Wind farm permit work costs Moyne Shire Council 15 times more than it receives in application fees paid by energy companies, a Senate committee heard yesterday.
State standard fees for major projects set a $16,130 maximum that councils can charge a proponent, yet Moyne has calculated the full costs are closer to $250,000.
The shire’s planning manager Michelle Grainger told a Melbourne hearing of the select committee on wind turbines that considering projects such as the 140-turbine Macarthur wind farm cost about $1 billion a standard fee of $250,000 seemed more appropriate.
“Council is concerned that it will not be adequately financed by the state government for planning permit compliance and the general Moyne community should not have to subsidise the compliance of a major energy project,” she said.
Asked by a committee member if the state government had addressed the discrepancy, Mrs Grainger said it hadn’t as yet.
She said the planning fees schedule had not been reviewed for at least eight years.
Asked if the system seemed to put councils into a position where they could not refuse an application she said “with state policies encouraging alternative energy it would be hard to get a refusal through”.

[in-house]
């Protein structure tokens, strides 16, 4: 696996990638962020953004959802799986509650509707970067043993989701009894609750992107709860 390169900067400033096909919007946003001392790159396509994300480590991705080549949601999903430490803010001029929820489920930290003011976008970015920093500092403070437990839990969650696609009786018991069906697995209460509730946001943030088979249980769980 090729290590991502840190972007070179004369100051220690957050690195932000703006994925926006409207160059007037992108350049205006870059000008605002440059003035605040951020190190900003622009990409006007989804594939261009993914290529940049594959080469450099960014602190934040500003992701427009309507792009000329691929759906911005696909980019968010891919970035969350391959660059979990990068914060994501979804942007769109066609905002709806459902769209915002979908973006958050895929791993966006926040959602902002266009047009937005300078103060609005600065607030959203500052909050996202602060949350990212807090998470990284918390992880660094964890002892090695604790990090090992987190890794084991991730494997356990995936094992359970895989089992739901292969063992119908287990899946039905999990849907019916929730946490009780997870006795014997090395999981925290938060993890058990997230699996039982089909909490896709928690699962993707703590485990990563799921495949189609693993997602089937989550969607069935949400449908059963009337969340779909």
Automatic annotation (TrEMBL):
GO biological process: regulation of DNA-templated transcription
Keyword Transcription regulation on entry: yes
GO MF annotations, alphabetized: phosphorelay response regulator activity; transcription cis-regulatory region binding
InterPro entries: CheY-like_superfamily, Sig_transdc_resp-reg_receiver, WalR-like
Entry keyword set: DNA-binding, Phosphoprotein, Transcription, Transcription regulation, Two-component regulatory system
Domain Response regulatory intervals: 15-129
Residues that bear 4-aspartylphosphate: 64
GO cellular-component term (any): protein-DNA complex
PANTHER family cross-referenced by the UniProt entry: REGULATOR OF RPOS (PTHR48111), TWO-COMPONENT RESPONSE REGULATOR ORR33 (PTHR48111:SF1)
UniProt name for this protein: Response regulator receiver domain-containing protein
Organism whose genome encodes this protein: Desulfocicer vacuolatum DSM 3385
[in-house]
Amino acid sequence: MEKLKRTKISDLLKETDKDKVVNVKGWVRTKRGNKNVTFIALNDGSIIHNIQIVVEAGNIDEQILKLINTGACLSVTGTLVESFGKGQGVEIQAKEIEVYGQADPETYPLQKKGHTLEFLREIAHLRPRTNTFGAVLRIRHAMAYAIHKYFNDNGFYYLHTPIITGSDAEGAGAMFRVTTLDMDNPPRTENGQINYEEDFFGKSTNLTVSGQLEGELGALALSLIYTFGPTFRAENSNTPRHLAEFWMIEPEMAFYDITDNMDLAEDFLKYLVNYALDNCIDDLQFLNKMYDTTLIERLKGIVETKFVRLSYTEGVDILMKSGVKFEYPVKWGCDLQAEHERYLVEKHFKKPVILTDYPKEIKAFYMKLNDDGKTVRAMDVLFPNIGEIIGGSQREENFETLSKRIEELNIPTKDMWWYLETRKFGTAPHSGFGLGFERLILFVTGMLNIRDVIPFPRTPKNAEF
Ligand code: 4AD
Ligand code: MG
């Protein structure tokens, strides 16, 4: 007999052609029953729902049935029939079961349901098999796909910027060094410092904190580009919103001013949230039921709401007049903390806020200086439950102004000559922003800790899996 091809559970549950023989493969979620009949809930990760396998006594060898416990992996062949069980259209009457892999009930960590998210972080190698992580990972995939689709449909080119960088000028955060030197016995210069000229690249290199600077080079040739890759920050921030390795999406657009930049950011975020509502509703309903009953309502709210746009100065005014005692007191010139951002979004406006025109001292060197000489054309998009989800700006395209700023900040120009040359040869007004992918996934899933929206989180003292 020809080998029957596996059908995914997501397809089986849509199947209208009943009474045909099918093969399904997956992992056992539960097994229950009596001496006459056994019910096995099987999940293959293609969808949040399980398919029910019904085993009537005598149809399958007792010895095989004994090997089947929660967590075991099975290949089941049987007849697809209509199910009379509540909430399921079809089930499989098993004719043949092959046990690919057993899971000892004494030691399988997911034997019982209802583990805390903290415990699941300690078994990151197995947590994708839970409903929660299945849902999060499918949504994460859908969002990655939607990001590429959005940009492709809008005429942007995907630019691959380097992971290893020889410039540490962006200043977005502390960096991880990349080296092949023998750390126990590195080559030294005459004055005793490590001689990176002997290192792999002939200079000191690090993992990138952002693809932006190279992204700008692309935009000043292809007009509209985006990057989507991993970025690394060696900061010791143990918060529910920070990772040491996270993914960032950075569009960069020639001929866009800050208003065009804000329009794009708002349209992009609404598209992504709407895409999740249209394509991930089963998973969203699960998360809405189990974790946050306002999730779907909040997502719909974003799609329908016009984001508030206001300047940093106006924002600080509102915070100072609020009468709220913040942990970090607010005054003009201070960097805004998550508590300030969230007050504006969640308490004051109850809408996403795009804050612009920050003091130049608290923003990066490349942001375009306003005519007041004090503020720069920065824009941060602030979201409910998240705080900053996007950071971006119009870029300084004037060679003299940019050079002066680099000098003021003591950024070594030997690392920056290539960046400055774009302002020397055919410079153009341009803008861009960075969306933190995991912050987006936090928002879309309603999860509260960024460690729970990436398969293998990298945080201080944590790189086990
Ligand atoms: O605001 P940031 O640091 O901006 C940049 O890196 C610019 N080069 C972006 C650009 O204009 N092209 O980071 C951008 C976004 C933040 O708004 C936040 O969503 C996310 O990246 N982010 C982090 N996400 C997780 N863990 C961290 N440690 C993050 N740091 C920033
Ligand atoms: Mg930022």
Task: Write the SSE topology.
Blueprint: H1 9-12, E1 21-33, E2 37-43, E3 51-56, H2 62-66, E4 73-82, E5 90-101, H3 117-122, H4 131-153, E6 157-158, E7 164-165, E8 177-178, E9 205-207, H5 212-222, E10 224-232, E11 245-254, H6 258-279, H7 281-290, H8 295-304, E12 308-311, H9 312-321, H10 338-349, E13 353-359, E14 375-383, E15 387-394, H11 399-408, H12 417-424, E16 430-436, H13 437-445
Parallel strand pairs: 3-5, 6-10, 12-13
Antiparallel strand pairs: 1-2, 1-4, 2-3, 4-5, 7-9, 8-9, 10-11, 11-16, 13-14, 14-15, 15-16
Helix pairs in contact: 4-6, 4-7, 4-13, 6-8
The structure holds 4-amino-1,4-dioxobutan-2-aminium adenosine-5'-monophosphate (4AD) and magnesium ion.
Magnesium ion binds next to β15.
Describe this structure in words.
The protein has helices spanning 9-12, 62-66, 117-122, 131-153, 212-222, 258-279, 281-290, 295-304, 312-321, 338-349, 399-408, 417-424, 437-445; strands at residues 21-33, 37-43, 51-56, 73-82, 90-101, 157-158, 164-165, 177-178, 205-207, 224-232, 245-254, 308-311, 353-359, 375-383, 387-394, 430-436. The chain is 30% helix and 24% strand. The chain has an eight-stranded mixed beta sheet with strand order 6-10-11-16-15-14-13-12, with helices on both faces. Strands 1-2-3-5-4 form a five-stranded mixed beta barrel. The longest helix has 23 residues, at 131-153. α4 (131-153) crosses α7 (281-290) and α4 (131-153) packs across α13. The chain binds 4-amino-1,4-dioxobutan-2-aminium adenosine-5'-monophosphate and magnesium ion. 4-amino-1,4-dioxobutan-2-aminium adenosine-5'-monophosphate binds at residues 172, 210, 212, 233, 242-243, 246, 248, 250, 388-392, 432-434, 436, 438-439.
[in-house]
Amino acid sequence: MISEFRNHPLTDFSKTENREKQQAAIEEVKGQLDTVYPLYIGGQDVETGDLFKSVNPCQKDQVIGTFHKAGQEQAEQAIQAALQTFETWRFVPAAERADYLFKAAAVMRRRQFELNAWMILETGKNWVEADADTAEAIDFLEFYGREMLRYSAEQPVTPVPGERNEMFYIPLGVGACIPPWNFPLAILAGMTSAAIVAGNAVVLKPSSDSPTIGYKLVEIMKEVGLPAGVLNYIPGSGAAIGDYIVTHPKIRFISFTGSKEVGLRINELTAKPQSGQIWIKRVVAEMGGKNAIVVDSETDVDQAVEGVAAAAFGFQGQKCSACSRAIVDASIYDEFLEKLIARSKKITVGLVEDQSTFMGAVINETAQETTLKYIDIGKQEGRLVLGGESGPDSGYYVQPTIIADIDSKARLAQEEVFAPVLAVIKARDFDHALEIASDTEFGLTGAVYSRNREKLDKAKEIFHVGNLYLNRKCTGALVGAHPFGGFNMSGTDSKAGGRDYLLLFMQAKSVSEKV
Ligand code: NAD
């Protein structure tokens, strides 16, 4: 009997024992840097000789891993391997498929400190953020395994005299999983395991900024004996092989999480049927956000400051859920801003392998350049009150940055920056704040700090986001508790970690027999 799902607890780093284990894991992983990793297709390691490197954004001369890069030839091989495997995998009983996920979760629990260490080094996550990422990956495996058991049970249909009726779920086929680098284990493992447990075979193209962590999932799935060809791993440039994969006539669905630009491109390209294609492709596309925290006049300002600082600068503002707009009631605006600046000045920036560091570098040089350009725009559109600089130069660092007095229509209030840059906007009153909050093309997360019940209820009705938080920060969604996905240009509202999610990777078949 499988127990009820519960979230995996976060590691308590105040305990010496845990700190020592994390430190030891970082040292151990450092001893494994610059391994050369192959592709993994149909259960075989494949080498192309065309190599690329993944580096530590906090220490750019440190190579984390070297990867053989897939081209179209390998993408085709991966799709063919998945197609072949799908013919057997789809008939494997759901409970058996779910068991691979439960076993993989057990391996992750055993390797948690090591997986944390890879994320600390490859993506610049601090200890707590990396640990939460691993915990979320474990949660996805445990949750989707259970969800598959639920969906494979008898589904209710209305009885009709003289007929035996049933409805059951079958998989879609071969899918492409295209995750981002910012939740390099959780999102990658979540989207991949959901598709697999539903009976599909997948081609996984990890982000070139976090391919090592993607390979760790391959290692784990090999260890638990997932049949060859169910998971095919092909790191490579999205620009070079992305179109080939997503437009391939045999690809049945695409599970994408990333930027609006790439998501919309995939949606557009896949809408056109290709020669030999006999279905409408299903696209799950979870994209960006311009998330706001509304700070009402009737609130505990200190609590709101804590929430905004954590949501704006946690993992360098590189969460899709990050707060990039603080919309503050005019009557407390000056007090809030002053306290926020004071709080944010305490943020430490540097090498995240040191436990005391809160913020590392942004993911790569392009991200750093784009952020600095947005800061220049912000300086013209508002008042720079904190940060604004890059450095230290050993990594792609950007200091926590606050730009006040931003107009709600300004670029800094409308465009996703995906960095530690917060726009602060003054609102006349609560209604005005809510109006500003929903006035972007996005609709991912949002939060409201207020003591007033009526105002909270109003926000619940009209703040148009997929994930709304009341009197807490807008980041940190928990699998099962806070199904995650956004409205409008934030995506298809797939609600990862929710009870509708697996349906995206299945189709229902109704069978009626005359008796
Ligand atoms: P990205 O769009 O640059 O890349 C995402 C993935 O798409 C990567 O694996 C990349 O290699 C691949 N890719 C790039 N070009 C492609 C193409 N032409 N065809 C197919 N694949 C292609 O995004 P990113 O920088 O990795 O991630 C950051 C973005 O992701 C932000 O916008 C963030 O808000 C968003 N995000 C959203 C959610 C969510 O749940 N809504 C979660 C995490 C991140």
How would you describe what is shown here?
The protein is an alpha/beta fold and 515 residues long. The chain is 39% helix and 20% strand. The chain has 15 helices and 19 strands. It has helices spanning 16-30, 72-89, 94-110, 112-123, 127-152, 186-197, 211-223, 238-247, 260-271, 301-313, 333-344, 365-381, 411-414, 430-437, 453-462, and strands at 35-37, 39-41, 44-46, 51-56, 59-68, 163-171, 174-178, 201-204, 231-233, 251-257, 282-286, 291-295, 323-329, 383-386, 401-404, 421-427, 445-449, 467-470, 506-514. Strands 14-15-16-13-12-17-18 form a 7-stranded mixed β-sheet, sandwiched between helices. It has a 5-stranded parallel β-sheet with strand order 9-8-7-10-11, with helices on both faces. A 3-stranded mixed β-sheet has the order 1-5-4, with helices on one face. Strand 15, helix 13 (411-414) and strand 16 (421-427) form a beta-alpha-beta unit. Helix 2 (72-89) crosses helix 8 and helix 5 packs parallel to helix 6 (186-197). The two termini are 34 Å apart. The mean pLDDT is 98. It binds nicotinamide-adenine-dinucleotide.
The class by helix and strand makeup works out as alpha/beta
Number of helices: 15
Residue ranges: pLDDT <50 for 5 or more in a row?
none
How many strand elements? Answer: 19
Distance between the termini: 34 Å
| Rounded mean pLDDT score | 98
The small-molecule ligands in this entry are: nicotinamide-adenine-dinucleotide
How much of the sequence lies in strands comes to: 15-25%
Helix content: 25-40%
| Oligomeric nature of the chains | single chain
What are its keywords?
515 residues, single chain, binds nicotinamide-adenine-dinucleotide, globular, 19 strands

Mrs Grainger said if all proposed energy projects were permitted the shire would have staffing resource problems to handle the workload and there would be serious cumulative consequences.
“We’ll end up with projects extending over four shires and we don’t have the skills to deal with that,” she said.
The committee, which first sat in Portland in March, is gathering evidence on the application of regulatory governance and economic impact of wind turbines. It is scheduled to hand down its report by August 3.
Submissions also heard yesterday included the Clean Energy Council, state government departments, Vestas Australian Wind Technology, Brolga Recovery Group, Municipal Association of Victoria and Wind Industry Reform Victoria.
Moyne Shire Council’s presentation covered a broad range of issues relating to approval, follow-up compliance and spin-off effects including damage to roads.
It already has 187 turbines operating, permits issued for up to 185 further turbines not yet constructed and proposals for at least 400 more.
Mrs Grainger said the Environment Protection Authority should handle the contentious issue of noise complaints rather than councils.
An investigation into noise complaints about the Macarthur wind farm cost the shire about $25,000.
Wind farms were the only industry category where the EPA was not tasked with considering approvals based on noise impacts and associated monitoring, she said.
“Council does not have the expertise and resources to properly meet the complex compliance and enforcement responsibilities,” Mrs Grainger said.